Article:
Writer Thomas Wolfe once said you can’t go home again, but you won’t convince blues guitarist and vocalist Ana Popovic of that.
Popovic, a headliner at this year’s Russian River Blues Festival on Sept. 21, left her native Serbia for Holland in 1998, just before war and terror became the norm. Though she managed to avoid the fighting, she wasn’t allowed to come back during that period, even to see her family. In 2010, she performed for 75,000 people, the largest turnout ever in Belgrade.
Popovic, who has garnered five Blues Music Award nominations, returns to the Russian River Jazz & Blues Festival after a smashing 2011 performance, with a whole new show, backed by her band, that includes Hammond organ, bass and drums. The new set will focus on her latest release, Can You Stand the Heat? which she describes by phone from her Memphis home as a tribute to deceased blues masters Albert King and Albert Collins.
“I thought they were missing on the blues scene nowadays,” she says. “The album is old-school blues and funk, something different for me, and a challenge in terms of writing for a modern audience, without having the personal experiences those artists had. It’s much easier to write a pop song than to write a good blues song.”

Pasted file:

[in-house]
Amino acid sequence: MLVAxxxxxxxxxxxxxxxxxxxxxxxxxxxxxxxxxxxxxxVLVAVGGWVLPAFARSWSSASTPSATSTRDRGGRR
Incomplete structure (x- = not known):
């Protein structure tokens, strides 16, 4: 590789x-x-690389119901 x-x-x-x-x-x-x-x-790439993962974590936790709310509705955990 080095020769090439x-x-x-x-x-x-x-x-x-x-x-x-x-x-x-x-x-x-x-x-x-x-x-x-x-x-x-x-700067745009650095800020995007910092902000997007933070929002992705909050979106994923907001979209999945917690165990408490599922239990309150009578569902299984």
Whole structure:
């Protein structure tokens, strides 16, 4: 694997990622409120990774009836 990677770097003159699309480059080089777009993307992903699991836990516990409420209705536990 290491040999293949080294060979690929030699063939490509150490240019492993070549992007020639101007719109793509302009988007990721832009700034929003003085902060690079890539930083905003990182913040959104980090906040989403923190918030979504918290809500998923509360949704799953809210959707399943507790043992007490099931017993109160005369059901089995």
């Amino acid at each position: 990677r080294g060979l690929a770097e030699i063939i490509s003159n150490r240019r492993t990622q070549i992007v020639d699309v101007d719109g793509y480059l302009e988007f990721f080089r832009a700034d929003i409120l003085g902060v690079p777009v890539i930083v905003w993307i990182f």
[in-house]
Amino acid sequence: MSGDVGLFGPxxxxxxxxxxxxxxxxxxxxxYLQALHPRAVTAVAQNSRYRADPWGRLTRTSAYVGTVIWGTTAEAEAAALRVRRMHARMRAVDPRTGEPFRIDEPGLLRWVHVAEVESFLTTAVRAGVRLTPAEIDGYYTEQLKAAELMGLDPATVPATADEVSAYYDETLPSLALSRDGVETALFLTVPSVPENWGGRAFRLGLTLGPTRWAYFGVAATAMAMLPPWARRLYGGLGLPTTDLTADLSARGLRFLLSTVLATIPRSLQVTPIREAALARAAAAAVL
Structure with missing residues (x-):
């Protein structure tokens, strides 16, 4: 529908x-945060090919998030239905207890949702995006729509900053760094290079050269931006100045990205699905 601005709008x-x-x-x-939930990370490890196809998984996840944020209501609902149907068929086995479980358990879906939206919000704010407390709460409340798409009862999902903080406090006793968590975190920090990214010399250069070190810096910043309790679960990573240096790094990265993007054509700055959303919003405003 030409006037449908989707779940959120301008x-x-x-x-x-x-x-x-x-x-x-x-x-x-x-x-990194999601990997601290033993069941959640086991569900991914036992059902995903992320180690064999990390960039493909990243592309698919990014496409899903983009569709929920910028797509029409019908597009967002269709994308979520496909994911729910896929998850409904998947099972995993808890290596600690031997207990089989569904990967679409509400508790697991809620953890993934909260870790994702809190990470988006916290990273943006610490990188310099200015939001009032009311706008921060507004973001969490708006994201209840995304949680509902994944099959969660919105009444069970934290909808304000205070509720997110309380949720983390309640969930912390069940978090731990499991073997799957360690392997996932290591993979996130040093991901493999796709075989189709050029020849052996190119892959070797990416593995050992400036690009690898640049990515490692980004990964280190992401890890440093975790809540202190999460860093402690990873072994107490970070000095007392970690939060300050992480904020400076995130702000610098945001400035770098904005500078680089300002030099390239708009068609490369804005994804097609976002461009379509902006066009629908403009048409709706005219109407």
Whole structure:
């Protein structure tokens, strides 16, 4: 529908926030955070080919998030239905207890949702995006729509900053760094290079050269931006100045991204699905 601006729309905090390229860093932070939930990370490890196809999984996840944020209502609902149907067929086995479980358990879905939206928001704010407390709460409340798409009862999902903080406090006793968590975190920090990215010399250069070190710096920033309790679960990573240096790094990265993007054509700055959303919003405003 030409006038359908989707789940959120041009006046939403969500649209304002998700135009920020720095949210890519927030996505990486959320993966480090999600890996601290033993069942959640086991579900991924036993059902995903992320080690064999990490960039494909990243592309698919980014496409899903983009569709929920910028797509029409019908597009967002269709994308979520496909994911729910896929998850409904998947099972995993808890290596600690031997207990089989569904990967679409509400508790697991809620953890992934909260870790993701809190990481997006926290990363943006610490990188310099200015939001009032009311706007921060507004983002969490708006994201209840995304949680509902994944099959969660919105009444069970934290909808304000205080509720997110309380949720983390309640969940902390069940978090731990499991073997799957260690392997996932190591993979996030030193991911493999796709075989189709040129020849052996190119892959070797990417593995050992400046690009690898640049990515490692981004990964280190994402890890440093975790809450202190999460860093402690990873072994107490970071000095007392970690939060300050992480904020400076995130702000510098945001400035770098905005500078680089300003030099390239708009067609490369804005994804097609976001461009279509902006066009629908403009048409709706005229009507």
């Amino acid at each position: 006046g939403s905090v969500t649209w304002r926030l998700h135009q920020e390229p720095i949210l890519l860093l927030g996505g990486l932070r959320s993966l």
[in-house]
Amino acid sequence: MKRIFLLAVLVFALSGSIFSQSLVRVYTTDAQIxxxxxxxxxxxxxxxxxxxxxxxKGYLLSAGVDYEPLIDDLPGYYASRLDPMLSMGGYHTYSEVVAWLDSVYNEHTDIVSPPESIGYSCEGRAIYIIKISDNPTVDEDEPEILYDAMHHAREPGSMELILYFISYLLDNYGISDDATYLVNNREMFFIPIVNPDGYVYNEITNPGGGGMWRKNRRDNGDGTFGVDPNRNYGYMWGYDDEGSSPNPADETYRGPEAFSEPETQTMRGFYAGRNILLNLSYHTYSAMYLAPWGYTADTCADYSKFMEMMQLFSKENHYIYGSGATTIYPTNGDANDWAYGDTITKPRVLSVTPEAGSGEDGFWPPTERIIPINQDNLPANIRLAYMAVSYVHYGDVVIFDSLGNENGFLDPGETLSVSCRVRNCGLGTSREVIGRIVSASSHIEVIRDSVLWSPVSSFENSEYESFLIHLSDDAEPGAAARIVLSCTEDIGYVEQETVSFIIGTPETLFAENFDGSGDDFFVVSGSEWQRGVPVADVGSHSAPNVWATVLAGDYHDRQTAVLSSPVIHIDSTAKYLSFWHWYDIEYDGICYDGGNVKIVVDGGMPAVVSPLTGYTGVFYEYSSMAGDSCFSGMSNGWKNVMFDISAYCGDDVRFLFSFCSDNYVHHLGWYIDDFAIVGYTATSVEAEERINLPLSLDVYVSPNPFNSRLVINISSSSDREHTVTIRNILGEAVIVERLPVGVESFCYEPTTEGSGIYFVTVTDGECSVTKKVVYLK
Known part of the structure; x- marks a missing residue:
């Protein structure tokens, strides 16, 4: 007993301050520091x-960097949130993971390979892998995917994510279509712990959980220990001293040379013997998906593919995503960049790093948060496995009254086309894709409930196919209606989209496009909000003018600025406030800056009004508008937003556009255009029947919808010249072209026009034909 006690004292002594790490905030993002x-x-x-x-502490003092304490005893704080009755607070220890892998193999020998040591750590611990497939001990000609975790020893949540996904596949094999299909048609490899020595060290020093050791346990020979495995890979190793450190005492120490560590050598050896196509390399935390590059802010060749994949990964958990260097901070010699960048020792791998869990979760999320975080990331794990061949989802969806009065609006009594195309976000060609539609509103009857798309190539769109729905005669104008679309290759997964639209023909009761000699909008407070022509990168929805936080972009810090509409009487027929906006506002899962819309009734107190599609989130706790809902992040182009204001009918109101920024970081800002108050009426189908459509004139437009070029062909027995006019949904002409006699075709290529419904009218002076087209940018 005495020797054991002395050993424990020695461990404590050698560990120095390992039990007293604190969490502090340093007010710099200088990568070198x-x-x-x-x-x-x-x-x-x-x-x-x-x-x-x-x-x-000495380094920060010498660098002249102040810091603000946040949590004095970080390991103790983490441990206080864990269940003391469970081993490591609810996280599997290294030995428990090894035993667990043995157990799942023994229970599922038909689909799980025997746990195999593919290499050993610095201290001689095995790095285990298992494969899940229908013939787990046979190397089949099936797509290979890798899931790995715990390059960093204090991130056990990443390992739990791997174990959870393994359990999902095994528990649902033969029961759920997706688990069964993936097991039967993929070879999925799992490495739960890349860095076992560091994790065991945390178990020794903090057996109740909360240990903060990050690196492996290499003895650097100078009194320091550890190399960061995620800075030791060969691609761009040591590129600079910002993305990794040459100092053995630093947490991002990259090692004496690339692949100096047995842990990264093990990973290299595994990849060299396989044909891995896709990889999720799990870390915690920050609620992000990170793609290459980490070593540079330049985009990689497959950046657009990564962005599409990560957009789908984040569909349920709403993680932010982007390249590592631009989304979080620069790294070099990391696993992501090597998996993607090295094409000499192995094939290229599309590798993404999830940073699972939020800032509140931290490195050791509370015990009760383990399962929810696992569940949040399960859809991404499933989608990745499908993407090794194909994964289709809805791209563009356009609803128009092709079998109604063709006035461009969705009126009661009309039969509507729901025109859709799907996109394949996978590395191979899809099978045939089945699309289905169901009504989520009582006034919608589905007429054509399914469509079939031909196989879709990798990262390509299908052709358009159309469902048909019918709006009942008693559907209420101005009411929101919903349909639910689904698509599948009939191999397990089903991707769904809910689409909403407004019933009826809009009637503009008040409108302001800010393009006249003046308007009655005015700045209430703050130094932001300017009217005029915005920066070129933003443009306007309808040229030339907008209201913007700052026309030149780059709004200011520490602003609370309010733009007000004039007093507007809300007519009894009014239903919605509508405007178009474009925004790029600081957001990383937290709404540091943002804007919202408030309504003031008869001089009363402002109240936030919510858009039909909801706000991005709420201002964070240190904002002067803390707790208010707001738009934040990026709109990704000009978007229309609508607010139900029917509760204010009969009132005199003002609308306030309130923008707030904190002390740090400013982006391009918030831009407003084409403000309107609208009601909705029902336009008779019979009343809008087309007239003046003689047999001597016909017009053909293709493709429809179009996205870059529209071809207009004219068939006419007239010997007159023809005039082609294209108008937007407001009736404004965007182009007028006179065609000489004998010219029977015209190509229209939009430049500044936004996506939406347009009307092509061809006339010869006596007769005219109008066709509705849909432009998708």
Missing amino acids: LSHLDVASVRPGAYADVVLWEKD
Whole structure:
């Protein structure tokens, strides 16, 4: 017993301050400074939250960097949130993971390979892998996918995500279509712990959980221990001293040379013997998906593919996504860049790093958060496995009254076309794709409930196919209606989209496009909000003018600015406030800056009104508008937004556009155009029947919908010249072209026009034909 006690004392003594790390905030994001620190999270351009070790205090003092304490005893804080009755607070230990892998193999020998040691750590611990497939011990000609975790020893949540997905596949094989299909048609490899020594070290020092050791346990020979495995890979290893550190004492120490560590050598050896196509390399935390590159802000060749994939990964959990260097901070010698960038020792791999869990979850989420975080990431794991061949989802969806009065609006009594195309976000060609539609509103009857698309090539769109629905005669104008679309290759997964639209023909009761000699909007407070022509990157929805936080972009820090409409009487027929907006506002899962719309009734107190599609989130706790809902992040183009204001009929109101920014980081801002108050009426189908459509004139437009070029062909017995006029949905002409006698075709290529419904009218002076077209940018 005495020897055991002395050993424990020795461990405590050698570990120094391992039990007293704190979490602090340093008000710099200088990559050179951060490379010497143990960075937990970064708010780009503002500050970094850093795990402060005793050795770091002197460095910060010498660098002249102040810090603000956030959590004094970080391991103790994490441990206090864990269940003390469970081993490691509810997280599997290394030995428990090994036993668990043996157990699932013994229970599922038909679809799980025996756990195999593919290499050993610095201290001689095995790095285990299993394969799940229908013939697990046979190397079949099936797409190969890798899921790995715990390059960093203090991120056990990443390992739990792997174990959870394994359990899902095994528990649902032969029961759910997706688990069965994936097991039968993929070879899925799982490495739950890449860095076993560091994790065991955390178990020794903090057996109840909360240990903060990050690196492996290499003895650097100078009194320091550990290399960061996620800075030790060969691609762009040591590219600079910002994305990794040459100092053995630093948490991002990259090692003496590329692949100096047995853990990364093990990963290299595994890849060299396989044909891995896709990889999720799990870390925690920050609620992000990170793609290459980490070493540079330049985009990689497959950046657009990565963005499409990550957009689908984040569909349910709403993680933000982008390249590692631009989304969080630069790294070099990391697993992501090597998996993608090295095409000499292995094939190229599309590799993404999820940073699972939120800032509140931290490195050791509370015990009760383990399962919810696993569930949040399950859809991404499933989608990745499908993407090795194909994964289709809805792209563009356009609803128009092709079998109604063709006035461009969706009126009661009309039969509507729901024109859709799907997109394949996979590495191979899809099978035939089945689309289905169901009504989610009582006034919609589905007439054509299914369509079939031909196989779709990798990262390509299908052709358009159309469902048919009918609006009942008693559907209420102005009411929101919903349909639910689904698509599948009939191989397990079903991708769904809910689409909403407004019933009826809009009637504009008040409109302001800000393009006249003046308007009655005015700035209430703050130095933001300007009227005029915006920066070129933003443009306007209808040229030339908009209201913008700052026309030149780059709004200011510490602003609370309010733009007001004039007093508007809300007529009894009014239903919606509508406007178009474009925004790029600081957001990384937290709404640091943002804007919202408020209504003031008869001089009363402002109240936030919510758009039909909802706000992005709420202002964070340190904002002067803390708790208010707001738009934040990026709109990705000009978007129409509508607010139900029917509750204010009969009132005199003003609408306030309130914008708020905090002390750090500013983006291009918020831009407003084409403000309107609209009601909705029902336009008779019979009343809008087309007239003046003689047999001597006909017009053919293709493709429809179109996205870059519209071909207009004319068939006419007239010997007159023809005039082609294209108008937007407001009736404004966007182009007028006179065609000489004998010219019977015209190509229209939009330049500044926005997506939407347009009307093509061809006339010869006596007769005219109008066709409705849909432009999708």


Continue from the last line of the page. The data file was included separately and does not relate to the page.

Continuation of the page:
The 38-year-old says she grew up listening to American blues. She formed her first band, Hush, as a teenager in Belgrade, playing the music of Albert King, Roy Rogers, Sonny Landreth and Jimi Hendrix. She’s been part of the Experience Hendrix tour for 12 years.
“I thought I was born to do that tour,” she says. “It’s real to be there, and a huge honor. For me, it’s only Jimi and Dylan as far as that kind of songwriting goes.”
When she came to America
10 years ago, Popovic found it challenging being a female guitarist from Serbia, playing the blues. “I didn’t want to give up what’s special and different about me,” she says. “It’s very important for women to stand up for what they do.”
The other side of her life is her two children, a son born in 2008 and a daughter in 2012. She brought them on tours shortly after they were born, breastfeeding them backstage between sets.
“They absolutely were rock ‘n’ roll babies,” she says. “Here’s thumbs up for all the mothers with careers.”
Now, with the invaluable help of her husband, she confines her music to weekends, avoiding traveling with the kids. “It’s a lot of juggling. During the week, I’m a mommy, leading a kind of double-life, which I love as much as being on the road. I’ve become more serious, and a better musician, after the kids were born.”
While living in Holland, the war in her homeland was very hard to watch, Popovic says. “What kept me going was my passion and love for music. When I’m onstage, I’m very concentrated on the band and the groove. I’m searching for that specific moment when nothing comes between me and my instrument.”